Jimmy Neutron: Boy Genius (2001)

A smart, original eulogization to childhood with vivacious animation, enthused scoring, a sci-fi/kids-gone-wild balance, weighty themes of parental dynamics, and tonal capture of its demographic’s spirit, Nick’s boy genius tale is a mega-charming kids blockbuster. 8.5/10.

Plot Synopsis: A 10-year-old boy and his robot dog’s story is told – battling evil, rescuing his parents, saving the Earth – and returning home in time for dinner. Jimmy’s always inventing gadgets to make his life in Retroville more interesting. A boy genius with real kid emotions, JN fantasizes about life on his own. But when the parents of his hometown are kidnapped by invading alien species, he quickly discovers that things aren’t so great when they’re gone.

*Possible spoilers ahead*

Official CLC Review

Boy Genius. 2001’s Jimmy Neutron launched a childhood sensation unlike the world had seen for a long time, cementing Nickelodeon’s franchise eventually complete with everything from a TV series to mega-merchandising to Universal Studios theme park attractions. The aptly-titled film follows a 10-year-old trying to balance the pressures of everyday-childhood/growing up with a massive brain-fueled predisposition for science and creating the most impressive inventions and gadgets you’ve ever seen, and the (extremely-original) idea works like a charm given an equally-clever worthy translation to film. A smart, original eulogization to childhood with vivacious animation, enthused scoring, a sci-fi/kids-gone-wild balance, weighty themes of parental dynamics, and tonal capture of the spirit and innocent vibrancy of children, Nick’s boy genius tale is a dazzlingly-charming kids’ movie – despite a strange villain.

The animation, soundtrack, and childhood-celebratory concept/tone. Perhaps the biggest thing Neutron delivers is that is the ultimate kids’ movie – feeling like it was crafted and made by kids, for kids. Vivacious in bright, energy-infused animation style with textural work holding up well to this day and way ahead-of-its-time, the film is a treat to look at – something a vast number of 2000’s-animated works cannot say. The visual childlike wonder is mirrored by a fantastic soundtrack steeped in bubble-gum 2000’s pop from top-billed acts like NSYNC and No Secrets’ ultra-catchy ballad “Kids in America”, while also working in emotion-laden light orchestral themes and action-thumps to deliver a sensational array for the ears too – best soundtrack I’ve ever heard in a kids’ movie. The tone feels like a celebration of childhood and simpler times, with absolutely brilliant ideas like showing what would happen in a kid-ran society without adults, sneaking out to amusements parks, and using them as rockets into outer-space also balancing the idea with the bonkers possibilities and scale opened up by its boy genius addition with equally-snappy pacing for a nostalgic rush of a time.

The characters and tonal mix. Anchoring and translating this billion-dollar kids’ idea with massive franchise potential to screen is a plucky cast of diverse characters skillfully written to cover the full gamut of childhood tropes. From coming-of-age boy genius Jimmy to wise-cracking scornful Cindy to lovable llama-obsessed dweeb Carl to superhero geek Sheen to rap-girl Libby to cool-guy Nick, the characters are rich – and very-well voice-acted to bring to life. The tonal mix is also impressive for a kids’ movie – working in sci-fi with even some edge and pseudo-horror in parts including a slasher-like bit in the abduction of parents and scary story-telling reference to Blair Witch Project for adults (amazing Easter Egg), power-driven triumphant childhood celebration, comedy, and a pinch of drama/sweet sentiment too in its smart parental-need/checks-and-balances themes in homage to the love and symbiosis of family.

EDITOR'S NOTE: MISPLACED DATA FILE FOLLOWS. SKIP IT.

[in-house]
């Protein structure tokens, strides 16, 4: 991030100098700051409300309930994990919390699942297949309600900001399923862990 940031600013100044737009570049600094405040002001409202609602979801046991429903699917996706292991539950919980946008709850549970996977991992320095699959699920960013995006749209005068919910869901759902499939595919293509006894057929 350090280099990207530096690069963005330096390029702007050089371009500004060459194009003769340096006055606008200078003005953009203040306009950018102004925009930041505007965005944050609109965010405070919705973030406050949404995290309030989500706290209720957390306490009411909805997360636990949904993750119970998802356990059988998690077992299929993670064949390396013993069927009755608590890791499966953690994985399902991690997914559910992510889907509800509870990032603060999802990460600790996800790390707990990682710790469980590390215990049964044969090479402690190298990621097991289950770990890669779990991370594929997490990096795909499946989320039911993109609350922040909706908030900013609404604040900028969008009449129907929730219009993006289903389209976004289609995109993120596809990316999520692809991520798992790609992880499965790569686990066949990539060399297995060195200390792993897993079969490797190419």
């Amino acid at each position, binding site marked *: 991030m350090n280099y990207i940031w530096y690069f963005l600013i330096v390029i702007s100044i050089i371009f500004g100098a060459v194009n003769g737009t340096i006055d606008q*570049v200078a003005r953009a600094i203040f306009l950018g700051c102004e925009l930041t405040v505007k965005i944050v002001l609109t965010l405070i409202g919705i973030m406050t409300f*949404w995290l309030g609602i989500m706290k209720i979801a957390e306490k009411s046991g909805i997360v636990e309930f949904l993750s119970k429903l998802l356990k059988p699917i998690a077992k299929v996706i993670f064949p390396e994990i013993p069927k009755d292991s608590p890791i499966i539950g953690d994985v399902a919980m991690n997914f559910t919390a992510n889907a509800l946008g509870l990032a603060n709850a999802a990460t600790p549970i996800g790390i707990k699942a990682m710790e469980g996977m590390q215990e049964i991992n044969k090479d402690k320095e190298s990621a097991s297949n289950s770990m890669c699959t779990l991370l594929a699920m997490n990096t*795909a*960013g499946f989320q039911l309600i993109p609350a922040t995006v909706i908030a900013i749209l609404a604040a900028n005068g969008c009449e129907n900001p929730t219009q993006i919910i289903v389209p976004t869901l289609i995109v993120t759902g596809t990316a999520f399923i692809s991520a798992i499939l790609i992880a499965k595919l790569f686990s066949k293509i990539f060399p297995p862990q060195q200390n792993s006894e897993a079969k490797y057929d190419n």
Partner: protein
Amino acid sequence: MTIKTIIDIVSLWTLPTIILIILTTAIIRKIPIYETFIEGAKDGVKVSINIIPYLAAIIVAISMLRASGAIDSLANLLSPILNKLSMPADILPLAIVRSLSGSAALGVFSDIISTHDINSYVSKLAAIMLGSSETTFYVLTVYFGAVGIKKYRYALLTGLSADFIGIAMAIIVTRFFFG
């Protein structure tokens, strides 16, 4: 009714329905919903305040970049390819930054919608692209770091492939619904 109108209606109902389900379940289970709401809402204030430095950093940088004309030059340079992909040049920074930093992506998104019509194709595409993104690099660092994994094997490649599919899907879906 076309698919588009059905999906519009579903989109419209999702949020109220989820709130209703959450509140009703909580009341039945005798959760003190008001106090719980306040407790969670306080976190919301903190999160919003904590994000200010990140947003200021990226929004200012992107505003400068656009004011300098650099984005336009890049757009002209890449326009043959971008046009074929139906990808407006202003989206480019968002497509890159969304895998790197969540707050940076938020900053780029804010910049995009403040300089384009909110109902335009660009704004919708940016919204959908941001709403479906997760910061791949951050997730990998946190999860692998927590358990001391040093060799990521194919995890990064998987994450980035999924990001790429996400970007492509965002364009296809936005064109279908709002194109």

The only flaw, though it is a big one (literally) is Poltra. One of, if not perhaps the *worst* movie monster of All-Time the mega-chicken big bad is one of the most imbecilic antagonists ever concocted. It’s really sad seeing as how it’s so ridiculous and cringeworthy, it’s impossible to take seriously and holds the film back from equal greatness in its back-half as its flawless first half, and Jimmy and his pals deserved a far better-written villain. The Yolkians aren’t very frightening or intimidating either, but I would’ve wholeheartedly taken them as the villain rather than a building-sized chicken. Sigh.

Conclusion

Overall though, this boy genius tale is a dazzlingly-charming kids’ movie and summer blockbuster. Wildly original with vivacious animation, enthused scoring, a sci-fi/kids-gone-wild balance, and a tonal capture of the spirit and innocent vibrancy of childhood, despite a poor villain, it is an iconic part of 2000’s kid culture. Spawning a (near)-equally great TV series leading to nostalgic exaltation amongst the greats of Nickelodeon’s reign, the movie that started it all deserves every bit of fame and fortune it got after. Bravo, Nick.

Official CLC Score: 8.5/10